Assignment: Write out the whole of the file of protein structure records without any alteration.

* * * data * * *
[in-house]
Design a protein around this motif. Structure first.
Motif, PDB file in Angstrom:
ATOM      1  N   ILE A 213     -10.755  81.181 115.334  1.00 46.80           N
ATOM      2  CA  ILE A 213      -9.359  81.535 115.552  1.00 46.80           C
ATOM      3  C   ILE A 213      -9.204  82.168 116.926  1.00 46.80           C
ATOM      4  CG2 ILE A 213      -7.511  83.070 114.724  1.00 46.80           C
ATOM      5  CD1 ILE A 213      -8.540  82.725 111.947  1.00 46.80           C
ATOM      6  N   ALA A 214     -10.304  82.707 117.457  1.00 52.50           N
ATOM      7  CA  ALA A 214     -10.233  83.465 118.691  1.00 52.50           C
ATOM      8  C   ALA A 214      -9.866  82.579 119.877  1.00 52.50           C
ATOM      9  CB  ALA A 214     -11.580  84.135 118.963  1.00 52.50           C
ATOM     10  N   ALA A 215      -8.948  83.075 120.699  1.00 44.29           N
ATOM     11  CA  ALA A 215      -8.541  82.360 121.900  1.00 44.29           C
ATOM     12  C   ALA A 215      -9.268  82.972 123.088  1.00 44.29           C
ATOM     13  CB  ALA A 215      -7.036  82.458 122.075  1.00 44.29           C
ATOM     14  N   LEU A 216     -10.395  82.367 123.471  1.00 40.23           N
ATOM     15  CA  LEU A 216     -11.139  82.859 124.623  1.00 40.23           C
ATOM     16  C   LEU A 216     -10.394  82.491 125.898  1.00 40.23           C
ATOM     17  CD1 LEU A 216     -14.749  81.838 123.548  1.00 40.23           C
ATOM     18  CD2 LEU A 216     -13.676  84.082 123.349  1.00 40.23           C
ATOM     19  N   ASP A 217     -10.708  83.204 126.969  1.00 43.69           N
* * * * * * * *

[in-house]
Design a protein around this motif. Structure first.
Motif, PDB file in Angstrom:
ATOM      1  N   ILE A 213     -10.755  81.181 115.334  1.00 46.80           N
ATOM      2  CA  ILE A 213      -9.359  81.535 115.552  1.00 46.80           C
ATOM      3  C   ILE A 213      -9.204  82.168 116.926  1.00 46.80           C
ATOM      4  CG2 ILE A 213      -7.511  83.070 114.724  1.00 46.80           C
ATOM      5  CD1 ILE A 213      -8.540  82.725 111.947  1.00 46.80           C
ATOM      6  N   ALA A 214     -10.304  82.707 117.457  1.00 52.50           N
ATOM      7  CA  ALA A 214     -10.233  83.465 118.691  1.00 52.50           C
ATOM      8  C   ALA A 214      -9.866  82.579 119.877  1.00 52.50           C
ATOM      9  CB  ALA A 214     -11.580  84.135 118.963  1.00 52.50           C
ATOM     10  N   ALA A 215      -8.948  83.075 120.699  1.00 44.29           N
ATOM     11  CA  ALA A 215      -8.541  82.360 121.900  1.00 44.29           C
ATOM     12  C   ALA A 215      -9.268  82.972 123.088  1.00 44.29           C
ATOM     13  CB  ALA A 215      -7.036  82.458 122.075  1.00 44.29           C
ATOM     14  N   LEU A 216     -10.395  82.367 123.471  1.00 40.23           N
ATOM     15  CA  LEU A 216     -11.139  82.859 124.623  1.00 40.23           C
ATOM     16  C   LEU A 216     -10.394  82.491 125.898  1.00 40.23           C
ATOM     17  CD1 LEU A 216     -14.749  81.838 123.548  1.00 40.23           C
ATOM     18  CD2 LEU A 216     -13.676  84.082 123.349  1.00 40.23           C
ATOM     19  N   ASP A 217     -10.708  83.204 126.969  1.00 43.69           N